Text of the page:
Saturday, 10 December 2011

The Choir, Brass and the Veto

Last night I attended the Huddersfield Choral Society Christmas concert in Huddersfield Town Hall, the finest statement of Victorian civic pride in the North of England. The Choir was accompanied by the Black Dyke Band, the best brass band in the world. The concert programme was a terrific mixture of choir, band and audience participation, belting out Hark The Herald Angel Sing and O Come All Ye Faithful, although I thought the descant in the former was a little thin- come on sopranos!
     The choir’s rendering of Still the Night was haunting and thought provoking. The middle verse of three was sung in German, something of a linguistic sandwich. That made me think of poor David Cameron, the filling in yesterday’s rye bread/baguette concoction delivered by chefs Angela and Nik. The bread turned out to be very hot and meat Dave was squeezed out as the Franco/German pincer movement engulfed him. His plea for The City of London was just too small a pimple on the vast fat arse of the Euro crisis. It was a bit like sending a poem into a novel writing contest.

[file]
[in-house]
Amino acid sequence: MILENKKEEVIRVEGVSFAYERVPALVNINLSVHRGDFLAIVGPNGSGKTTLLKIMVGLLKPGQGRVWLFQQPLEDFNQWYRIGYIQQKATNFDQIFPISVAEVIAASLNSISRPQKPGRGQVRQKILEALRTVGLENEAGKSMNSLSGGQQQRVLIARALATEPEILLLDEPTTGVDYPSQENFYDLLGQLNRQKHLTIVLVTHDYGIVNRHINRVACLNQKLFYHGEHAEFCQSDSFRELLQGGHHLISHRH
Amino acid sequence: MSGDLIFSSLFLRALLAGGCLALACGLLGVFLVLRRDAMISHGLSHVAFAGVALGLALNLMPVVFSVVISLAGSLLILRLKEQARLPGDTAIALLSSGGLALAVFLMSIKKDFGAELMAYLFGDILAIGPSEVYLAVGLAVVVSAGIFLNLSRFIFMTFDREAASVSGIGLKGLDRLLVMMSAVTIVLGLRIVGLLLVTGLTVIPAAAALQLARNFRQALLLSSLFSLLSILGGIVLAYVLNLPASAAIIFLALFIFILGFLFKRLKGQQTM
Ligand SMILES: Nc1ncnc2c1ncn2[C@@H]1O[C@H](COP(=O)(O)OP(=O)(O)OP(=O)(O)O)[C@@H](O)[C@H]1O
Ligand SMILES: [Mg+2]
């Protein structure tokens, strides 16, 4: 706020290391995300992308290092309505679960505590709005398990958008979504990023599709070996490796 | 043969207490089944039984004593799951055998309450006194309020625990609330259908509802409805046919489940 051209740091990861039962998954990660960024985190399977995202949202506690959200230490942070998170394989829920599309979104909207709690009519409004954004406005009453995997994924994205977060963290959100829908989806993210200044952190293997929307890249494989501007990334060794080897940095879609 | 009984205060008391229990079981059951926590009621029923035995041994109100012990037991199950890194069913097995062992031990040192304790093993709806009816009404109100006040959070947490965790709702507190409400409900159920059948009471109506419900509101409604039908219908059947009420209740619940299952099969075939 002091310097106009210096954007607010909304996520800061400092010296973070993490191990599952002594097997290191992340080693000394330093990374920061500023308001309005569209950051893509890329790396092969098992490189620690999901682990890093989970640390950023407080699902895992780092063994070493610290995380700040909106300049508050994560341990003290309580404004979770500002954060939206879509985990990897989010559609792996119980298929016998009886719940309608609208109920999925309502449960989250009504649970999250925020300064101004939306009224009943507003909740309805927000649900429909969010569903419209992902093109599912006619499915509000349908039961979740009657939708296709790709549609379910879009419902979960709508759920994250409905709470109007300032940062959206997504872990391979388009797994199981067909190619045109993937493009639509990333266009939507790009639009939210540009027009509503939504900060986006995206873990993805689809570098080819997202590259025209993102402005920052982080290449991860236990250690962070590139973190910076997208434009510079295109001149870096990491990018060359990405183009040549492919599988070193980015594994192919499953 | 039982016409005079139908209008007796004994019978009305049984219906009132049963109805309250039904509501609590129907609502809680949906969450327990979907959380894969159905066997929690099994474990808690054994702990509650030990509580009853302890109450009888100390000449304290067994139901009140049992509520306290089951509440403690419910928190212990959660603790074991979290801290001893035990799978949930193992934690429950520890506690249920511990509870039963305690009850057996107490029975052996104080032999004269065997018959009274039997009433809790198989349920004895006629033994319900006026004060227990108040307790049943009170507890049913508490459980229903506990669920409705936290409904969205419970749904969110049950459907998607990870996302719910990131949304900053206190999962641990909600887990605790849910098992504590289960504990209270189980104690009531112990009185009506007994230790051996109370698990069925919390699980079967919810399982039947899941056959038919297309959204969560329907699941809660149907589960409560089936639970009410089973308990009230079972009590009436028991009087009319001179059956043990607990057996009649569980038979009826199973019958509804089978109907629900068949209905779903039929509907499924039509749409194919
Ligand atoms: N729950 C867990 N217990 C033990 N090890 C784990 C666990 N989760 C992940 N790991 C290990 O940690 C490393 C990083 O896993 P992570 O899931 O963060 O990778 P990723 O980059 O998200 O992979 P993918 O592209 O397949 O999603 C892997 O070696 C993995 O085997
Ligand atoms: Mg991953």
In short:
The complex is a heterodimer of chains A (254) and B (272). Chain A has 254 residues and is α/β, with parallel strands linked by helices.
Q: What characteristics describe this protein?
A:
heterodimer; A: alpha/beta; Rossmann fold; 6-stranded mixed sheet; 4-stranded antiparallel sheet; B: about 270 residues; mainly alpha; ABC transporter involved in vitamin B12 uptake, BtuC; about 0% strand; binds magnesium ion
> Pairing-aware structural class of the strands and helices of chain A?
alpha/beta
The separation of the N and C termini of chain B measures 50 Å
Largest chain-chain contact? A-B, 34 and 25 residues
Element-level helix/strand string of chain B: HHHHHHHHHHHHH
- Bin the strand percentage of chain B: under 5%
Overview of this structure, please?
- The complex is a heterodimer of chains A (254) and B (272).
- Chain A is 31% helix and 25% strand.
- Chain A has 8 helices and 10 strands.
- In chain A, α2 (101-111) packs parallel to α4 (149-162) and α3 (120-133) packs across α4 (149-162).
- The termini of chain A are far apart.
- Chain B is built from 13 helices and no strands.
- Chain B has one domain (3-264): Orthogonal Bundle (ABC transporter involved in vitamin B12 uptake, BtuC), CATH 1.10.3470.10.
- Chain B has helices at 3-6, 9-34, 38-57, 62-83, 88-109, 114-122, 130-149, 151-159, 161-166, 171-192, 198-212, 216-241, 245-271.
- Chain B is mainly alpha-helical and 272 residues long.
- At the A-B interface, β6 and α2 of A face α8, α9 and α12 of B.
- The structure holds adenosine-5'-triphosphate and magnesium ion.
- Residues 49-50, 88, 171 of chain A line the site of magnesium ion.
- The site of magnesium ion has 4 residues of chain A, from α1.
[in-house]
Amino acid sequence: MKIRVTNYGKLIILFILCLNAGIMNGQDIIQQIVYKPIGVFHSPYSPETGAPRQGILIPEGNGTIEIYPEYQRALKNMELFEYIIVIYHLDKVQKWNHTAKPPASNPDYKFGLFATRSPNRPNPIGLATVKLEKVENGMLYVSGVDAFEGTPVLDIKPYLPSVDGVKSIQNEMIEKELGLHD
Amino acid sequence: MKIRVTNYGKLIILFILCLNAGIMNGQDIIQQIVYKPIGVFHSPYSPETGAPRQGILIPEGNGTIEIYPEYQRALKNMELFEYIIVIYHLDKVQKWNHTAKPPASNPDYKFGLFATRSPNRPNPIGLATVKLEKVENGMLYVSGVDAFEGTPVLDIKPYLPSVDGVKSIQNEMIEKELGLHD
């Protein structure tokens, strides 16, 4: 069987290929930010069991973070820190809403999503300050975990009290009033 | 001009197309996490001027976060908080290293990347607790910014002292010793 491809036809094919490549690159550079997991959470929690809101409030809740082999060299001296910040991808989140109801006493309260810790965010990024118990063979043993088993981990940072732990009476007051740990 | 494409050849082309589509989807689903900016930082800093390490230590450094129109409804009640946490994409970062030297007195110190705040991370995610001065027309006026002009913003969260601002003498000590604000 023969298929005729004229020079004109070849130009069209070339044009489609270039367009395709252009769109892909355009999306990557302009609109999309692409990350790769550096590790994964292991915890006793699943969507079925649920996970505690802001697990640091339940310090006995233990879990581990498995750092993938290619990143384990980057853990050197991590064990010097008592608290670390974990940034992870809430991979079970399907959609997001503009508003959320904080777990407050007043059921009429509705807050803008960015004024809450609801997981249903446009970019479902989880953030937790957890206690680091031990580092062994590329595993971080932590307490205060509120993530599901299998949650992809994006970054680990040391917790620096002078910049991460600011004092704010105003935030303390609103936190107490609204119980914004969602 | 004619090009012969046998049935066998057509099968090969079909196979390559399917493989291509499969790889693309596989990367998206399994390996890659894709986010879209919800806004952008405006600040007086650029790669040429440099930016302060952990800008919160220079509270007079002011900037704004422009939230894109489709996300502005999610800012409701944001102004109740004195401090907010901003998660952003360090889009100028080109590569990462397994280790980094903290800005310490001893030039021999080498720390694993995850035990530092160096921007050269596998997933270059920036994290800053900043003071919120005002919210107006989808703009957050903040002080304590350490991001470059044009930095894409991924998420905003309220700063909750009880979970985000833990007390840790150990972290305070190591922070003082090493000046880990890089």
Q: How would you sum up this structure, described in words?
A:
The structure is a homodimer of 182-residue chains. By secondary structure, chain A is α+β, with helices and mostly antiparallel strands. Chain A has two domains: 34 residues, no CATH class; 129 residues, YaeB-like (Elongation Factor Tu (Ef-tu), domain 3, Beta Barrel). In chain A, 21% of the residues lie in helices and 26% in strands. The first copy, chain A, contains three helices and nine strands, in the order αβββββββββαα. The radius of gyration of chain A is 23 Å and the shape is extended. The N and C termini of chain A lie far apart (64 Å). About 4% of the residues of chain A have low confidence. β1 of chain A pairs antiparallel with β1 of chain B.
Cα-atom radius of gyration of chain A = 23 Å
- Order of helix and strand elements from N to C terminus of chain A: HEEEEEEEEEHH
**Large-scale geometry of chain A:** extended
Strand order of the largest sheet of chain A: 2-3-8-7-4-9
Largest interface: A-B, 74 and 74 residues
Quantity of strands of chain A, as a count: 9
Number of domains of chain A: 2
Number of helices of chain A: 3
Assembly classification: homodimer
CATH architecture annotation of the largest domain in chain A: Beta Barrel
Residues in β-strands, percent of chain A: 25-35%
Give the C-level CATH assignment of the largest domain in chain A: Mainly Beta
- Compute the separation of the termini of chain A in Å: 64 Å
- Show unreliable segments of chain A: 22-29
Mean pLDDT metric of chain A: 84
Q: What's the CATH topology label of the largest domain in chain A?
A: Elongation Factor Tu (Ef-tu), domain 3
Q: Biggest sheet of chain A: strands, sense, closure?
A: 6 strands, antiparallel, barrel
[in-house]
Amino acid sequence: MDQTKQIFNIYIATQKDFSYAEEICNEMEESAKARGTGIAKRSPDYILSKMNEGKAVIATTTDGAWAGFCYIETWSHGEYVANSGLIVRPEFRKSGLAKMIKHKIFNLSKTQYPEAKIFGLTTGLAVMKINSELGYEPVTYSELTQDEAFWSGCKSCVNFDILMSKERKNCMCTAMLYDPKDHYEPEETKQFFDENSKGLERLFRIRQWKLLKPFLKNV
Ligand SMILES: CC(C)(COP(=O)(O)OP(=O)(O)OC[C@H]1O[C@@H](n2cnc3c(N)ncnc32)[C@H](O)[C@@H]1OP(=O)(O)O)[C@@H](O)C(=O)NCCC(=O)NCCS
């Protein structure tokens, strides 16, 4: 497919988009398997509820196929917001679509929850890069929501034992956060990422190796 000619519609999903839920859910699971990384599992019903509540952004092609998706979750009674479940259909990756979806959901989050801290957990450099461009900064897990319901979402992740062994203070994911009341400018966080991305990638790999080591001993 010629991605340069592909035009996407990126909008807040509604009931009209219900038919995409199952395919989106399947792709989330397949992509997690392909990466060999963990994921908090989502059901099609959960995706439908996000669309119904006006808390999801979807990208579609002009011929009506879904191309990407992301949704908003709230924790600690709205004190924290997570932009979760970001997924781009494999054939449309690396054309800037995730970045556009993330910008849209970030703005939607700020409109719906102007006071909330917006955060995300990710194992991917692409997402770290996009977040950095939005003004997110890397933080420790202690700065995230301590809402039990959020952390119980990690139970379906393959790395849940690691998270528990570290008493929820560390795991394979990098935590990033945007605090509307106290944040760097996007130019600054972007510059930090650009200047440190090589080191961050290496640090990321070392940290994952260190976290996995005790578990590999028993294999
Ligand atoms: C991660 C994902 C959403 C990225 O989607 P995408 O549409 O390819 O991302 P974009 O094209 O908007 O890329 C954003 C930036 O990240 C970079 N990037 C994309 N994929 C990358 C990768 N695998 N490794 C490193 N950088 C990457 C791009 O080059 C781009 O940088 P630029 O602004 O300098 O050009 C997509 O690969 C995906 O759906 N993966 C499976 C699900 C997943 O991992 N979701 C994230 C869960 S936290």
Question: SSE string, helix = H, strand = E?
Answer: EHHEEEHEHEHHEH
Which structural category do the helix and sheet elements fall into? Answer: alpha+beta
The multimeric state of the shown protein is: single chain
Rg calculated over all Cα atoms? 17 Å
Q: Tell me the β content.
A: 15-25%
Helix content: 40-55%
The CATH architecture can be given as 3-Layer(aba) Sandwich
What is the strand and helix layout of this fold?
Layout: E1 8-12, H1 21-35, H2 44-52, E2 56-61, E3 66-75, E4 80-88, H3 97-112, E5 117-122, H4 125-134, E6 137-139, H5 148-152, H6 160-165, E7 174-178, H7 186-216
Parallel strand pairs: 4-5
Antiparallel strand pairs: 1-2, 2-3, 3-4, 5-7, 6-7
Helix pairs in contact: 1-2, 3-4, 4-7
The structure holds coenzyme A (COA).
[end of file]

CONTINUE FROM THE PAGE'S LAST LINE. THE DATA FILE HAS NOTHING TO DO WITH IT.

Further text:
Worse still, nobody joined him in the refusenik lobby, so, not for the first time in history, we stand alone, to the delight of British Tory euro-sceptics, ever seeking opportunities to widen the English Channel.
      To describe this brutal exercise of realpolitik as the British using their veto spins the meaning of the word well beyond the Oxford English Dictionary. Cameron did not veto a treaty; it will simply be made without Britain. Having said that, I don’t expect the treaty to amount to all that much. It will take years to build on the sand of fudges and test the markets’ patience perhaps to destruction. Even then it won’t be implemented by those countries that choose to behave badly, perhaps rightly when you think of the democratic deficit and pain to come.
      Huddersfield Choral Society and Black Dyke Band both have their roots deep in our world beating Victorian industrial culture, outliving the factories and mills that spawned them. It looks as though Britain will have to look more vigorously beyond Europe, as we have so often done in the past. A degree of reinvention is required, beyond the 'big society' although more of that would help. How do you follow post-Empire, post- Industrial, post-European?

The Stuart Agenda by Alan Calder- e-book at,, and Barnes and Noble. Paperback version coming soon.

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